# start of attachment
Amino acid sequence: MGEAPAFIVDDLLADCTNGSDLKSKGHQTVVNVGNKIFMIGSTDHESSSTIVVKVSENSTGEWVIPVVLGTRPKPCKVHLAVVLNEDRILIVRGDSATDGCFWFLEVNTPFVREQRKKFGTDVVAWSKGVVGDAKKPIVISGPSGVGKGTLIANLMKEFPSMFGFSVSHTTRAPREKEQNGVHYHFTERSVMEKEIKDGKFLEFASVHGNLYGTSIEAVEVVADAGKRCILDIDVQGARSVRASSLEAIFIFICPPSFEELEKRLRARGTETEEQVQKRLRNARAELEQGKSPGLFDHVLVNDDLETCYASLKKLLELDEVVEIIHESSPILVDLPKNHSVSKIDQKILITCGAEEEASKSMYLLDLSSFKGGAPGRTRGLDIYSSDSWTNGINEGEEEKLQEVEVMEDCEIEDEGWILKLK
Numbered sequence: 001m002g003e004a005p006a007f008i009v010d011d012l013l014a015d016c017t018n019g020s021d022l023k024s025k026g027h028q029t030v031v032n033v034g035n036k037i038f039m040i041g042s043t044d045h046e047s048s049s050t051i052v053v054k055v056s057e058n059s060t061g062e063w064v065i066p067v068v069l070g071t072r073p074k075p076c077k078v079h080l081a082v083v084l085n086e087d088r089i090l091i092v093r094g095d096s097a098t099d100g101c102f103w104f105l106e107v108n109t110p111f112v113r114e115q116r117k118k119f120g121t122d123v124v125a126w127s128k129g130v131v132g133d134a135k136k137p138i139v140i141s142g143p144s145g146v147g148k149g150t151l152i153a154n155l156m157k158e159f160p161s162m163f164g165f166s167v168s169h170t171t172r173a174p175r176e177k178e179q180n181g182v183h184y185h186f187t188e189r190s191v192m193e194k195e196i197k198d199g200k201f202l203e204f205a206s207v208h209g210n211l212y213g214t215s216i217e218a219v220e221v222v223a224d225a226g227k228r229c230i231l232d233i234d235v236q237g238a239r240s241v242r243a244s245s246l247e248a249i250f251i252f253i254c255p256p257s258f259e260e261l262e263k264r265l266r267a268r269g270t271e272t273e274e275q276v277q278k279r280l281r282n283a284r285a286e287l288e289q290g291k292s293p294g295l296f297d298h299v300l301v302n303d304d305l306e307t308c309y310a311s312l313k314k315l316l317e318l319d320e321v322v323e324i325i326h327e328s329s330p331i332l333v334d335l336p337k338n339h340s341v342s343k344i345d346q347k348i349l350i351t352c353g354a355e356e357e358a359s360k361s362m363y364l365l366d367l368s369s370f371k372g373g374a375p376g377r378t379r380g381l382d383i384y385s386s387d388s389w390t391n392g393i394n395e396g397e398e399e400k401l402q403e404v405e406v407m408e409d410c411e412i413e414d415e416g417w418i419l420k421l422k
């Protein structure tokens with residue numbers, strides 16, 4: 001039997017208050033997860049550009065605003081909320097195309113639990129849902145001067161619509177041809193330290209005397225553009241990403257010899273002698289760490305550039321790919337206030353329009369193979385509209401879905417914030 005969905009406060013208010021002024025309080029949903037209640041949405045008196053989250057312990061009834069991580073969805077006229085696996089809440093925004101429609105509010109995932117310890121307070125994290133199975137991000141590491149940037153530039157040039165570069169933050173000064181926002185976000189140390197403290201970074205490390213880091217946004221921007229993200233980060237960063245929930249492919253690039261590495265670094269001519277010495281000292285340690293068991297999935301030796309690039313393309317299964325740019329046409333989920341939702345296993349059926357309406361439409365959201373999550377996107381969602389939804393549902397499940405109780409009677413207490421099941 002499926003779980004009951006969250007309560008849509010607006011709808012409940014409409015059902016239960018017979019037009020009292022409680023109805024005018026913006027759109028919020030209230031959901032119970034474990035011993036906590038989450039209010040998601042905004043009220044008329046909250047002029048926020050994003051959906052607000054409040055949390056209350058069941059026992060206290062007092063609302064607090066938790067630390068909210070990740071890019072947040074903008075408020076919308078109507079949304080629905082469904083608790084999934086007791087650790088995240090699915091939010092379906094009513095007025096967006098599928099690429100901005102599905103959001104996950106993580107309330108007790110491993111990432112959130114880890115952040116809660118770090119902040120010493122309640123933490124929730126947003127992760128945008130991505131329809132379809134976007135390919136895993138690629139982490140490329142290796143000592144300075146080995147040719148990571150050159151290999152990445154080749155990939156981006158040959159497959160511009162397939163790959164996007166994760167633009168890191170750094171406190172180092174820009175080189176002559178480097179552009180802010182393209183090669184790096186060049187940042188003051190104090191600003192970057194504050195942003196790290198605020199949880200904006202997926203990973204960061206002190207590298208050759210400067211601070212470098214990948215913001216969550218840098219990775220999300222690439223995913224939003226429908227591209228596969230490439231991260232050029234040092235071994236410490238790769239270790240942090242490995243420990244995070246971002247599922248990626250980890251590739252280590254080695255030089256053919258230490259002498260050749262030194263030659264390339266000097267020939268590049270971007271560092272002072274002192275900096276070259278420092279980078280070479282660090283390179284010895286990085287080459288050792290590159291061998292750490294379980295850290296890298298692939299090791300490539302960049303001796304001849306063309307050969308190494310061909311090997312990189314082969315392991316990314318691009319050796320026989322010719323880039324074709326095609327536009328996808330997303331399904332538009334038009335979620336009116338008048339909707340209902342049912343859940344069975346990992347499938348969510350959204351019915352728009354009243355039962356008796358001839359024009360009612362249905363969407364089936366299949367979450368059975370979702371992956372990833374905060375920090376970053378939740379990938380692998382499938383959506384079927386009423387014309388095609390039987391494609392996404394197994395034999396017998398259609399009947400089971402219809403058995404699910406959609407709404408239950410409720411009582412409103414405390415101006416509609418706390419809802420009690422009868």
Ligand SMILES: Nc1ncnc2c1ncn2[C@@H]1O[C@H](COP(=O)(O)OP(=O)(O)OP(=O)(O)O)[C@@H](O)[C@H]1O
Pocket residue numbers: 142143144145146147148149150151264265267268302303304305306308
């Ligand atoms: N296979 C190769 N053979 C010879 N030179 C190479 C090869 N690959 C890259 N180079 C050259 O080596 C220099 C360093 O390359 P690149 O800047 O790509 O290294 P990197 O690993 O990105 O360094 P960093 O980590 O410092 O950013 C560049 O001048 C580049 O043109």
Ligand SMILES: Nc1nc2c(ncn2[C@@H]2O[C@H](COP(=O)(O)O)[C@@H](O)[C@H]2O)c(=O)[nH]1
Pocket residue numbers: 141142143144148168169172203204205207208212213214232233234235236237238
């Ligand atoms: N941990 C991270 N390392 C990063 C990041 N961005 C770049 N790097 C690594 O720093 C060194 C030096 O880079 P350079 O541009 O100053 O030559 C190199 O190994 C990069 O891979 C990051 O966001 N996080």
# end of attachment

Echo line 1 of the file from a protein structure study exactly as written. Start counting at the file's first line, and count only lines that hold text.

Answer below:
Amino acid sequence: MGEAPAFIVDDLLADCTNGSDLKSKGHQTVVNVGNKIFMIGSTDHESSSTIVVKVSENSTGEWVIPVVLGTRPKPCKVHLAVVLNEDRILIVRGDSATDGCFWFLEVNTPFVREQRKKFGTDVVAWSKGVVGDAKKPIVISGPSGVGKGTLIANLMKEFPSMFGFSVSHTTRAPREKEQNGVHYHFTERSVMEKEIKDGKFLEFASVHGNLYGTSIEAVEVVADAGKRCILDIDVQGARSVRASSLEAIFIFICPPSFEELEKRLRARGTETEEQVQKRLRNARAELEQGKSPGLFDHVLVNDDLETCYASLKKLLELDEVVEIIHESSPILVDLPKNHSVSKIDQKILITCGAEEEASKSMYLLDLSSFKGGAPGRTRGLDIYSSDSWTNGINEGEEEKLQEVEVMEDCEIEDEGWILKLK